Monday, November 22, 2010

This is Who We Are: What a Baptist Is and Believes - Man

For the past several months, the Baptist Faith & Message 2000 has led us to think deeply about the doctrine of God and especially the Divine Trinity – 1 God in 3 Persons unified yet at the same time separate.  Now the BF&M 2000 forces us to now consider the Doctrine of Man known as Anthropology.  The BF&M 2000 states:

Man is the special creation of God, made in His own image. He created them male and female as the crowning work of His creation. The gift of gender is thus part of the goodness of God’s creation. In the beginning man was innocent of sin and was endowed by his Creator with freedom of choice. By his free choice man sinned against God and brought sin into the human race. Through the temptation of Satan man transgressed the command of God, and fell from his original innocence whereby his posterity inherit a nature and an environment inclined toward sin. Therefore, as soon as they are capable of moral action, they become transgressors and are under condemnation. Only the grace of God can bring man into His holy fellowship and enable man to fulfill the creative purpose of God. The sacredness of human personality is evident in that God created man in His own image, and in that Christ died for man; therefore, every person of every race possesses full dignity and is worthy of respect and Christian love.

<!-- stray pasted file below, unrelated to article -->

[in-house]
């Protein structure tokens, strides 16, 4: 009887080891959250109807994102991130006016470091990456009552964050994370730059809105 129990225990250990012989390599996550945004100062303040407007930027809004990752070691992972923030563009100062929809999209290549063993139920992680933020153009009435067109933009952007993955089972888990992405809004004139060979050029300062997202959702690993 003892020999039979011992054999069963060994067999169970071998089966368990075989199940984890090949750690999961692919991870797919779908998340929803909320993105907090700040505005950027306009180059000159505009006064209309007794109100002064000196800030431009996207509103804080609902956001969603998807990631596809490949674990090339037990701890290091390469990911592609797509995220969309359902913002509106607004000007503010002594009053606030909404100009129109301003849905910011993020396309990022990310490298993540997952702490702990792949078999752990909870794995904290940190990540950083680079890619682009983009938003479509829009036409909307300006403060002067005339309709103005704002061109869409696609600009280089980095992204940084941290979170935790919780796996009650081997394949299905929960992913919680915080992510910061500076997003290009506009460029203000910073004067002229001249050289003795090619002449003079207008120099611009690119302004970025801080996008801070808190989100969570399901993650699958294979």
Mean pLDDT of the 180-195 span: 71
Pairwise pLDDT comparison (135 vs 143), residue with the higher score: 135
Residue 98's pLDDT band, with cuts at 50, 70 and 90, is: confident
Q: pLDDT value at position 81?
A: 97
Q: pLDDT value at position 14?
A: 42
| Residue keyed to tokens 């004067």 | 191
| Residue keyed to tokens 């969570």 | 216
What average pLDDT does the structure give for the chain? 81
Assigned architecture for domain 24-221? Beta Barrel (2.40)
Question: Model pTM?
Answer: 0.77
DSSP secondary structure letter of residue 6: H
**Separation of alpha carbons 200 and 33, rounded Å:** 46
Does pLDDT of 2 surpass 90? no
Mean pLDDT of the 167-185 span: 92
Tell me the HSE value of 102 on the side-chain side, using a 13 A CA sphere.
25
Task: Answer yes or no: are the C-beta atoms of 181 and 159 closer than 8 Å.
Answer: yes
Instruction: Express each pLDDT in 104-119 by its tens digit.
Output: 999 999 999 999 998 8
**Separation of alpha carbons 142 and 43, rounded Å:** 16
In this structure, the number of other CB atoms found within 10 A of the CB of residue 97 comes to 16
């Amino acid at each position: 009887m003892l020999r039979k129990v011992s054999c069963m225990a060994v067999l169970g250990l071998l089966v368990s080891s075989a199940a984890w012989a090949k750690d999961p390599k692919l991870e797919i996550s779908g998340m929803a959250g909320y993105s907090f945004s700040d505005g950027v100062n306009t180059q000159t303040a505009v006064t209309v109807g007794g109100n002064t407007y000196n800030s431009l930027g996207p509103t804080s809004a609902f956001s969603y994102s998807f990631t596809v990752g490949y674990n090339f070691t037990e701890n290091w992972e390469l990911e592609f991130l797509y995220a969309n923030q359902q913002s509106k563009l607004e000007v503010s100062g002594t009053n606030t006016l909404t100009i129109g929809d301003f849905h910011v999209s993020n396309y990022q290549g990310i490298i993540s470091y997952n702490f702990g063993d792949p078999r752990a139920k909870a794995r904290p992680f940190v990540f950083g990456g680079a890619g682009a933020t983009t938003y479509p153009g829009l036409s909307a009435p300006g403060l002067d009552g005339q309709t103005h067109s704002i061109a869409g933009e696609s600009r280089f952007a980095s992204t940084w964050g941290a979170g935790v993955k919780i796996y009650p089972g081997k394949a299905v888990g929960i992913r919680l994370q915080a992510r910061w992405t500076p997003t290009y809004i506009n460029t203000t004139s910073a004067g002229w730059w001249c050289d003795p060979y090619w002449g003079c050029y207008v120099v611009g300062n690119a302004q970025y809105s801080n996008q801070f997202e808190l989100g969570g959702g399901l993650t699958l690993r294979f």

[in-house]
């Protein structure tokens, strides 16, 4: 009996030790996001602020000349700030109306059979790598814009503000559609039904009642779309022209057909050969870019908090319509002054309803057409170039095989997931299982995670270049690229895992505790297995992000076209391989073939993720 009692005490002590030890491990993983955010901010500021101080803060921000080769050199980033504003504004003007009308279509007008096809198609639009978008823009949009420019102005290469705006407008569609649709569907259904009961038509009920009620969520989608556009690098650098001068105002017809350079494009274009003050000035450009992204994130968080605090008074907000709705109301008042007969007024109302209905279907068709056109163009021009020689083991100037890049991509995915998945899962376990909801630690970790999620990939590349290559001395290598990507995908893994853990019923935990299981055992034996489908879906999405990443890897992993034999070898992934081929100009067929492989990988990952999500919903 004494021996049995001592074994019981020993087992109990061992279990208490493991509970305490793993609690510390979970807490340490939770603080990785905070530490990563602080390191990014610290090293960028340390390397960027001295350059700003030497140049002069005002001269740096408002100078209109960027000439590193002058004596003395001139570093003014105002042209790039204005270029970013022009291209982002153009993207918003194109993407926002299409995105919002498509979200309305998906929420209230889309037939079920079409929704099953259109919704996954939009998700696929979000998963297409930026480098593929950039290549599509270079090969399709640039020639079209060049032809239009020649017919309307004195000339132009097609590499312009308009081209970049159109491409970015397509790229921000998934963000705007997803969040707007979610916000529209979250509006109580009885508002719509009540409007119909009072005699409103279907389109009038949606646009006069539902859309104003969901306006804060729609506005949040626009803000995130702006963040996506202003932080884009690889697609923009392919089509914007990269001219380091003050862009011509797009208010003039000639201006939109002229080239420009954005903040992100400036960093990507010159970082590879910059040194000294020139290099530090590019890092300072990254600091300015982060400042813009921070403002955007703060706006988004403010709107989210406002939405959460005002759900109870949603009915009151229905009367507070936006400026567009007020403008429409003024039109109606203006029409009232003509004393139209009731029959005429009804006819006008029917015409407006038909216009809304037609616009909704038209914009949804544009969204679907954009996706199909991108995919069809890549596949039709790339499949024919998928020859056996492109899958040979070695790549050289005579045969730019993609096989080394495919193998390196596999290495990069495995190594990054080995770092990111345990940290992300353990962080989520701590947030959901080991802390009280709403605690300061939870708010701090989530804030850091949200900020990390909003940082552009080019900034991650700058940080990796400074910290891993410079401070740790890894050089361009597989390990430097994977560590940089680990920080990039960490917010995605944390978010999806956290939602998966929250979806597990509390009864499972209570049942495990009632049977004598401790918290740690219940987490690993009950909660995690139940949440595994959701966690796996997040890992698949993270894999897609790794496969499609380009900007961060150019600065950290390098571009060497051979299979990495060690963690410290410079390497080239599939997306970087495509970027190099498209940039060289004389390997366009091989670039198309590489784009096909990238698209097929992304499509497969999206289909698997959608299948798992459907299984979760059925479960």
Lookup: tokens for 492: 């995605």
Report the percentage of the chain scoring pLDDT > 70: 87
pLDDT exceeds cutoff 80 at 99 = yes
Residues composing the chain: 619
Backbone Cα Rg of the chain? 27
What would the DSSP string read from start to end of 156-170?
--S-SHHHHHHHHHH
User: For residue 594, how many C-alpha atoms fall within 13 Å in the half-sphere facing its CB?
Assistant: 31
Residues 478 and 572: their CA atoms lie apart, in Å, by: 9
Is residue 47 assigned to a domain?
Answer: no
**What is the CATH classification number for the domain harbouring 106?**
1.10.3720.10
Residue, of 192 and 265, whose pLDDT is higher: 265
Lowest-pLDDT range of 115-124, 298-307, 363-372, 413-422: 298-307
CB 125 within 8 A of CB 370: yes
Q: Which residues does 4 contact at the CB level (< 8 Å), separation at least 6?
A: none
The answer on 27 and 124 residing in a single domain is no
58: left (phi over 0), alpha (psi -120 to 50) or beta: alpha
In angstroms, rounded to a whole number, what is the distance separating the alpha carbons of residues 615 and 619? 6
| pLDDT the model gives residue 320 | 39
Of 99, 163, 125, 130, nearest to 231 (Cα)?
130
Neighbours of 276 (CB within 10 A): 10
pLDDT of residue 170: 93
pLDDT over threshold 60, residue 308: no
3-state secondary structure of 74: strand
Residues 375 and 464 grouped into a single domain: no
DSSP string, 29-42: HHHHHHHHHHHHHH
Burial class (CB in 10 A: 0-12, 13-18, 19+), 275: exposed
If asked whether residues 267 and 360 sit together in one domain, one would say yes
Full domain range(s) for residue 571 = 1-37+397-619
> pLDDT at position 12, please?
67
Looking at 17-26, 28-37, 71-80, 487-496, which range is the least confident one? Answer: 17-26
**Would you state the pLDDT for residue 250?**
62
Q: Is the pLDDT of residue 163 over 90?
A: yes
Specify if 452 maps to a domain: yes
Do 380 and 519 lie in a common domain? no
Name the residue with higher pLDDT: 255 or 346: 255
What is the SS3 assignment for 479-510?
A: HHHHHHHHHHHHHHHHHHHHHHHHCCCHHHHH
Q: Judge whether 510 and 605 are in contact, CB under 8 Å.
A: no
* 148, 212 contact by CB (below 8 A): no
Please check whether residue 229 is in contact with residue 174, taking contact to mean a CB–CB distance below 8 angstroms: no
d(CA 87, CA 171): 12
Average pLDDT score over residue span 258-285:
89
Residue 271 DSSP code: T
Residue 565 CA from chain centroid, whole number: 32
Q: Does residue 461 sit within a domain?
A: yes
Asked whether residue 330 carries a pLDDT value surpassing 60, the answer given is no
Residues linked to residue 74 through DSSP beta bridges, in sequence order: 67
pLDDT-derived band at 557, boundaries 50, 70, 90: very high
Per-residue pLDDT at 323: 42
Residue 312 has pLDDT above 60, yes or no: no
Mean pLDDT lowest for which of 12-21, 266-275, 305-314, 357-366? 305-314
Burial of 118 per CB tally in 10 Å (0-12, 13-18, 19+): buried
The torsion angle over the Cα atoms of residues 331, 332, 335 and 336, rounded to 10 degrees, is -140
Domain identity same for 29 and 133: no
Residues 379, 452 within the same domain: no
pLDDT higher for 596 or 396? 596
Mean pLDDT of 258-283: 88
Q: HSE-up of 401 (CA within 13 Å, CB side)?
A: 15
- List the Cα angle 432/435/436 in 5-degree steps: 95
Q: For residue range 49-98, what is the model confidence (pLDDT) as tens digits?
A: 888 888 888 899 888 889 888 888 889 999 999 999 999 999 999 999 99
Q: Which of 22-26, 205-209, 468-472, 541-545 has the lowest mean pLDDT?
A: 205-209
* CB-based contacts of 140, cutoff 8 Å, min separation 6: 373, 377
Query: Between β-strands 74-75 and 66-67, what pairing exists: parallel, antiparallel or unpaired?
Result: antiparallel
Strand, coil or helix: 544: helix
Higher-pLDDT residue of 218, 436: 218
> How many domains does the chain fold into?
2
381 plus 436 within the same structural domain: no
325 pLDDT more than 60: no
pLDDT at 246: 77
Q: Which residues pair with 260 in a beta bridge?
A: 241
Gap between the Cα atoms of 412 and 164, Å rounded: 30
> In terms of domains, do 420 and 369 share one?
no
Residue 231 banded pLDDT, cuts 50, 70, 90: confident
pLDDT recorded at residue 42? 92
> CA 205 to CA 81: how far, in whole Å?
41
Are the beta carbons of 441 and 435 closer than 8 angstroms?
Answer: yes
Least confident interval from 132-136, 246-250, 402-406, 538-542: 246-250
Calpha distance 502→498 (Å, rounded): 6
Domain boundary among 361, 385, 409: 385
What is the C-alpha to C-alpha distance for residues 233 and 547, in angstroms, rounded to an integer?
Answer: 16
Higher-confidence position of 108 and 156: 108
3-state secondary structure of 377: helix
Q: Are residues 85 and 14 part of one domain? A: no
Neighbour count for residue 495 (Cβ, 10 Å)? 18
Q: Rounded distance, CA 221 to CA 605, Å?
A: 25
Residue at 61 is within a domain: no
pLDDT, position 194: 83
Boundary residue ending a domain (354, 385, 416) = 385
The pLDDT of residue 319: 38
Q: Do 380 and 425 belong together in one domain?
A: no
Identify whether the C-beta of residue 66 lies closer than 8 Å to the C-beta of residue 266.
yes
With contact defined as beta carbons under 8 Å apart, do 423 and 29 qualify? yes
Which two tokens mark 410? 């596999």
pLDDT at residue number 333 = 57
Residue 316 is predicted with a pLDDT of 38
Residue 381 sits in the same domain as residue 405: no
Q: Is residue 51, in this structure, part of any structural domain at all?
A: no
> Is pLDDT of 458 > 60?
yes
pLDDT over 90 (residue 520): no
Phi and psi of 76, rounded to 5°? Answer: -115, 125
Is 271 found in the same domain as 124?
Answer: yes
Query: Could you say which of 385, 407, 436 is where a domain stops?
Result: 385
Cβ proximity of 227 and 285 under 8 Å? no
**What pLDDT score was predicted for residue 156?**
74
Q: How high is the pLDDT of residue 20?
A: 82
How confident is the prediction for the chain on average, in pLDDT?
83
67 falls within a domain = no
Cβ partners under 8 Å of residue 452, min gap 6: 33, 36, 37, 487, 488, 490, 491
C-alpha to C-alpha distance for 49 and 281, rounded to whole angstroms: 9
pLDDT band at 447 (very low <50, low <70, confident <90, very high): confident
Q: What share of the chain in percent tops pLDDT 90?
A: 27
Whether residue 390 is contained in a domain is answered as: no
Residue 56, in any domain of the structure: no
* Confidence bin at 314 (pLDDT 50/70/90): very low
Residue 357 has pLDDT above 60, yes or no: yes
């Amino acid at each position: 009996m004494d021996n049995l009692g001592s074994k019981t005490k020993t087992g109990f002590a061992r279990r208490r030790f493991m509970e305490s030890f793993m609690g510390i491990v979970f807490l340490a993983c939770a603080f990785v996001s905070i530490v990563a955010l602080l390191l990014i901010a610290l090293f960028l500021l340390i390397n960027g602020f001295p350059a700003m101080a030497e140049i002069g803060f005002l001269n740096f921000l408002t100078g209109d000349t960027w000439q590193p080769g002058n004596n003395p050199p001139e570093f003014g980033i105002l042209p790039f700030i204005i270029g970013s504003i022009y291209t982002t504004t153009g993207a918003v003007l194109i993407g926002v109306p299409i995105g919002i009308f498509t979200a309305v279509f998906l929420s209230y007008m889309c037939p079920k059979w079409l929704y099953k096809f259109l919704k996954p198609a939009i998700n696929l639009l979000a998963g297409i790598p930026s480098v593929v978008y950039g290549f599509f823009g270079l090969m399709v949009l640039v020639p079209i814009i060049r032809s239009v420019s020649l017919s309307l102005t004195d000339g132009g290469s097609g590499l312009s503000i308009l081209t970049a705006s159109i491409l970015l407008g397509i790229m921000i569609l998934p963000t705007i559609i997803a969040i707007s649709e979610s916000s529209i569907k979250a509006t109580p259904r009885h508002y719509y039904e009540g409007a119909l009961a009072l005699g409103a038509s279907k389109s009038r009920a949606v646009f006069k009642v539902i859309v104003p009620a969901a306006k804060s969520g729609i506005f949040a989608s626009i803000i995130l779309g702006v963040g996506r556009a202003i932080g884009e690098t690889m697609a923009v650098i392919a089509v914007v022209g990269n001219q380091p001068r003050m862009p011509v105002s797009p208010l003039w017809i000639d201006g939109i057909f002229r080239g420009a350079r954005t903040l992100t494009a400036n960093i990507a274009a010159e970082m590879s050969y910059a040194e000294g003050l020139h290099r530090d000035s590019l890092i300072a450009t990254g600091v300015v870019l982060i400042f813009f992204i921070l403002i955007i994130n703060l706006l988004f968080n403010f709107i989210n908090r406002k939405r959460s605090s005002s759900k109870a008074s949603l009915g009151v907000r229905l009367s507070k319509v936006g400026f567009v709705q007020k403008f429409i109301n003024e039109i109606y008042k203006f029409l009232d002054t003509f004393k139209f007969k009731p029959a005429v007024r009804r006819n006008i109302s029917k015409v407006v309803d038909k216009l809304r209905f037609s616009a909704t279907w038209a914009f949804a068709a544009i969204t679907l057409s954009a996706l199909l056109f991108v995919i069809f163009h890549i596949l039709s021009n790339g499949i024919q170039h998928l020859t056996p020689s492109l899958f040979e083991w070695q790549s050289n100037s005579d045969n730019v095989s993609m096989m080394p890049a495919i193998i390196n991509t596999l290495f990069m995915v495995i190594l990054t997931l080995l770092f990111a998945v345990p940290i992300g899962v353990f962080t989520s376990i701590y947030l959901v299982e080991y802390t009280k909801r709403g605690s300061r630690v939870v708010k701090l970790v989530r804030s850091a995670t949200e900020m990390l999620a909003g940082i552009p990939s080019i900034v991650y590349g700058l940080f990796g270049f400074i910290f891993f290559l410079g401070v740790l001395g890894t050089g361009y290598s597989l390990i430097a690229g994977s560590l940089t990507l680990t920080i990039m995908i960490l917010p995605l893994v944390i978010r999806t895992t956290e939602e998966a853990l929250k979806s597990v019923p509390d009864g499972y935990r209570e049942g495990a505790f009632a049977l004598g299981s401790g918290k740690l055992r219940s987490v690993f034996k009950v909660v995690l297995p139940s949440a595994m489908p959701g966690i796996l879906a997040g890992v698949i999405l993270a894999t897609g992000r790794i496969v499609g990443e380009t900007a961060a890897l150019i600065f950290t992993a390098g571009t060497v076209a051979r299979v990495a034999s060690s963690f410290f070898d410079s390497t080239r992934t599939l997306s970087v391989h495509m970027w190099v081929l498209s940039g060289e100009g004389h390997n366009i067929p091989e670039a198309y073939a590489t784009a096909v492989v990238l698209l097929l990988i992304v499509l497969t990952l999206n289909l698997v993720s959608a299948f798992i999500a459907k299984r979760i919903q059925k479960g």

The confession of faith essentially says two things – one theologically the other culturally and morally – that force us to address them theologically and biblically.  First is the creation of man itself.

The first sentence sums up the basic Christian understanding of anthropology: Man is the special creation of God, made in His own image.  Understand the depth of that statement and everything else will make sense.  Man stands as the climax of creation and most closely resembles God (though clearly not God is many and most respects).  Whatever made in the His own image may mean (and theologians disagree), we can at least admit that human life is special, unique, and on a level unmatched by any other creature.

At the same time, and as the BF&M 2000 makes clear, though Man was created in the image of God, that special creation was divided into two genders: male and female.  Both are made in God’s image.  Both are equal and both are the crowning jewels of God’s creation.  However, they are both different in many ways.  It is tempting at this point to erase that last sentence.  In a culture like ours, it is simply unpopular and even offensive to state that men and women are different.  Anyone married for 15 minutes, however, can tell you what we all naturally know: men and women are different.  But, just as both genders are equal in status and both are unique creations of God made in His image, God is most glorified whenever we maximize how He has created us.  Only the Christian faith makes sense of this.  In other words, God is glorified in both masculinity and femininity.  God rejoices at the differences in the two equal genders for He created us as we are.  So instead of turning men into wimps or castigating boys for being boys, let us celebrate each other knowing that though we are different, we are equal & God is glorified for that.